A Malaysia airlines plane is being pulled at the Kuala Lumpur International Airport in Sepang.
A Malaysia airlines plane is being pulled at the Kuala Lumpur International Airport in Sepang. EPA - Ahmad Yusni

FBI to recover deleted data on pilot’s home flight simulator

MALAYSIA has asked the FBI to try to restore data deleted from the flight simulator found in the home of the pilot of the missing Malaysian Airlines jet.

Officials hope that if data can be recovered it may help pry open the mystery surrounding Flight MH370.

Twelve days after the Boeing 777 and its 239 passengers and crew disappeared without trace, Malaysia's Transport Minister also said additional efforts were being made to search one of two air corridors possibly flown by the plane after it disappeared from civilian radar.

Hishammuddin Hussein said it was important that the pilot, Zaharie Ahmad Shah, 57, the other members of the crew and the passengers should be considered innocent until something was found to the contrary. He also stressed that Mr Zaharie's family were co-operating with police.

"Local and international expertise has been recruited to examine the pilot's flight simulator," Mr Hussein told reporters. "Some data had been deleted from the simulator and forensic work to retrieve this data is on-going."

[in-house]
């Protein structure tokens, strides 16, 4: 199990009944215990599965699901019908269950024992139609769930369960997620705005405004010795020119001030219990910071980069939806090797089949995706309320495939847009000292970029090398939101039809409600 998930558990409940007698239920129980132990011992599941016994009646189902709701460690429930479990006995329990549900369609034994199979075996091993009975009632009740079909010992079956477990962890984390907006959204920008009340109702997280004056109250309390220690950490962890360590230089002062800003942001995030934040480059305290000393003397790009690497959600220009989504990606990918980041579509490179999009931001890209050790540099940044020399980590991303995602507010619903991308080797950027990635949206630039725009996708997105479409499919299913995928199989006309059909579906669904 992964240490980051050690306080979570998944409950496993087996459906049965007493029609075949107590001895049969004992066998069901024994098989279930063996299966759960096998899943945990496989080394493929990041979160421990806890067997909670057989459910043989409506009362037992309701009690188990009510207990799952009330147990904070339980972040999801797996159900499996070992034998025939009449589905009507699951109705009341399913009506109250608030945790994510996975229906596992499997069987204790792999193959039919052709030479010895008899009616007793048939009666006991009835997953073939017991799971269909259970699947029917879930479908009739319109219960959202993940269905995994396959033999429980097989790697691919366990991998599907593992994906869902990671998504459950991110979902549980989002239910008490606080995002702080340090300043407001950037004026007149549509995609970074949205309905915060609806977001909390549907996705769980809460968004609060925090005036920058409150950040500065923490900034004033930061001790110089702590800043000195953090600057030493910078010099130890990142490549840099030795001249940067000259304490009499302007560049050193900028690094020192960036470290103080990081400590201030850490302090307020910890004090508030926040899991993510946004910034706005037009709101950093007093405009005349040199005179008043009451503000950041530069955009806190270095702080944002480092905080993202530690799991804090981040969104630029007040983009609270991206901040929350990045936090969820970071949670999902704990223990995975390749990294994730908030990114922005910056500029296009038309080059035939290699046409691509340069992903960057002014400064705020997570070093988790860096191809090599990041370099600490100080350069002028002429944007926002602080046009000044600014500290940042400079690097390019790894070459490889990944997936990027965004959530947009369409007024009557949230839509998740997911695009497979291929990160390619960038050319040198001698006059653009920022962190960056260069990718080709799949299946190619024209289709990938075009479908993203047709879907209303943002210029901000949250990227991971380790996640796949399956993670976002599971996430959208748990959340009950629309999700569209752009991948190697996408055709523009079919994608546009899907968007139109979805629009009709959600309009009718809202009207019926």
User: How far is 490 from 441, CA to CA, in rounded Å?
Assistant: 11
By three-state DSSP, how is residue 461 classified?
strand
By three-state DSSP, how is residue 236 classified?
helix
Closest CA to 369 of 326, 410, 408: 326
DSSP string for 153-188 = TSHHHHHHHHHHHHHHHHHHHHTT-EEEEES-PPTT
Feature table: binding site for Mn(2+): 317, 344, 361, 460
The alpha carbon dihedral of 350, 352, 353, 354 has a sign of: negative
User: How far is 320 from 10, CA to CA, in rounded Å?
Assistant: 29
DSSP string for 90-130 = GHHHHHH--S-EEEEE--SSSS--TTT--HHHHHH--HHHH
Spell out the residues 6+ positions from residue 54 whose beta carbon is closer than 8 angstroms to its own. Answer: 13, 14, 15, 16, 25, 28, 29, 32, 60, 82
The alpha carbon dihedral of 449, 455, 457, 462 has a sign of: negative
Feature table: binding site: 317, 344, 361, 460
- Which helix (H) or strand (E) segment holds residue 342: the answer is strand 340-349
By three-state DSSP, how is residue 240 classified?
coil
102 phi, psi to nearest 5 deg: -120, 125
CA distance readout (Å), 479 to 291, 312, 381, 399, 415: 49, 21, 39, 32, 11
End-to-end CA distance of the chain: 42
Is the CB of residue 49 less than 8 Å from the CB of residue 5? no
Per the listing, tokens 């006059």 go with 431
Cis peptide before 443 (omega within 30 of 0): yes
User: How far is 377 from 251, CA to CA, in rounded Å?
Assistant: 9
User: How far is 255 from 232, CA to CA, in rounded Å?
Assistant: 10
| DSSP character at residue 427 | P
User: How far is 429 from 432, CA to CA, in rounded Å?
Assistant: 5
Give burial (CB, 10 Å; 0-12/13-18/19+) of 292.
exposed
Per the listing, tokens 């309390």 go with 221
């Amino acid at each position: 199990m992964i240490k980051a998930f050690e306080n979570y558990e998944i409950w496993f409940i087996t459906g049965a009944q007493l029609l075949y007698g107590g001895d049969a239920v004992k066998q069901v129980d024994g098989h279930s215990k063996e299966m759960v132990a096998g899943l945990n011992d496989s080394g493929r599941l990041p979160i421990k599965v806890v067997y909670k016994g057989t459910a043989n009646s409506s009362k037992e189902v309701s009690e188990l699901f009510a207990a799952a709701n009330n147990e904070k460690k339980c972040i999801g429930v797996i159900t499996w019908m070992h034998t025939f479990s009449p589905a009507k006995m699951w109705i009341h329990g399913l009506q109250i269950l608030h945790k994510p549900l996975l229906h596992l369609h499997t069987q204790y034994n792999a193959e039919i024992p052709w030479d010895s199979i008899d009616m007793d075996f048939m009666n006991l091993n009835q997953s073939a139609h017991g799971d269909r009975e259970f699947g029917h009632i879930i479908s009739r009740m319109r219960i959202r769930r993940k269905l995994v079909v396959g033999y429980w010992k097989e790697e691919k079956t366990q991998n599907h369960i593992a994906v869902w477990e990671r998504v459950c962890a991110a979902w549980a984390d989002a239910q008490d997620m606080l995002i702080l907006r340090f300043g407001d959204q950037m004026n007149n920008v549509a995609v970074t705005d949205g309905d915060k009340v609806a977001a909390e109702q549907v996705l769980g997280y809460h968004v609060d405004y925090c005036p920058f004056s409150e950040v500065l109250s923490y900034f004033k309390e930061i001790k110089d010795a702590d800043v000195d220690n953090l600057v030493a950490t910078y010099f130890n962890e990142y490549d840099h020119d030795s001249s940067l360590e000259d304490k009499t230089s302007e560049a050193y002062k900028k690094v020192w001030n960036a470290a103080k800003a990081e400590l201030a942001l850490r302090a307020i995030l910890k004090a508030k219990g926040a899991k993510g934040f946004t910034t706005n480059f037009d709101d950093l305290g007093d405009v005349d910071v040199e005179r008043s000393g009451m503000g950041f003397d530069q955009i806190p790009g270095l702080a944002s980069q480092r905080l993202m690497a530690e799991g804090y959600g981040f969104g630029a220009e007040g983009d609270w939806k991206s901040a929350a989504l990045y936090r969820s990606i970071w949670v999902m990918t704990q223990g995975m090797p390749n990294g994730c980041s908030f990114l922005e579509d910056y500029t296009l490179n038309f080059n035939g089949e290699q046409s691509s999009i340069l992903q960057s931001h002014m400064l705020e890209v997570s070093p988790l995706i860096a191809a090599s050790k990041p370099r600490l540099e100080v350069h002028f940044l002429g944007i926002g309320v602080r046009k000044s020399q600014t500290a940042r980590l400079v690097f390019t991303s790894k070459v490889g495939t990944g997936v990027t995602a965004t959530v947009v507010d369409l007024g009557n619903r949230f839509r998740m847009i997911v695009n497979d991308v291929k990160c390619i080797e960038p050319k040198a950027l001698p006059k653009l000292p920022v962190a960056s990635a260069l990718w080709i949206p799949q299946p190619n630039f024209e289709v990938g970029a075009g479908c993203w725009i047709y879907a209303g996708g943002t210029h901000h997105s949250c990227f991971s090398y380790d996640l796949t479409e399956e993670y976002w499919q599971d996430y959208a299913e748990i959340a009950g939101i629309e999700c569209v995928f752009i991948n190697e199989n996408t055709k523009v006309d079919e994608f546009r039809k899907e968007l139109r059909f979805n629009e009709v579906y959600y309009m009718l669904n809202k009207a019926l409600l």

The data was deleted on 3 February, a full five weeks before the flight disappeared. Police chief Khalid Abu Bakar said: "The experts are looking at what are the logs, what has been cleared."

The FBI's involvement was confirmed by officials in Washington. One unidentified US official told the Associated Press that the bureau had already been provided the electronic data to analyse.

But other pilots said there was nothing suspicious about deleting data from such a simulator and likened it to getting rid of unwanted files from a computer.

Amin Said, who runs a commercial fight simulator in Kuala Lumpur and who recreated Flight MH370's path for The Independent earlier this week, said such a move was usual. "It takes a bit of memory," he said. "Sometimes it would just conflict."

Mr Hussein said that while Malaysia was still co-ordinating the search, other countries were increasingly taking responsibility in their own territory, and in other sectors. He said Australia and Indonesia were leading the search of the southern Indian ocean.

He said some countries, but not all, had provided radar information and that he was hoping others would assist.
Flight MH370 disappeared on 8 March on a night flight from Kuala Lumpur to Beijing.

Malaysia has not ruled out any possible explanations, but have said the evidence suggests the flight was deliberately turned back across Malaysia to the Strait of Malacca.

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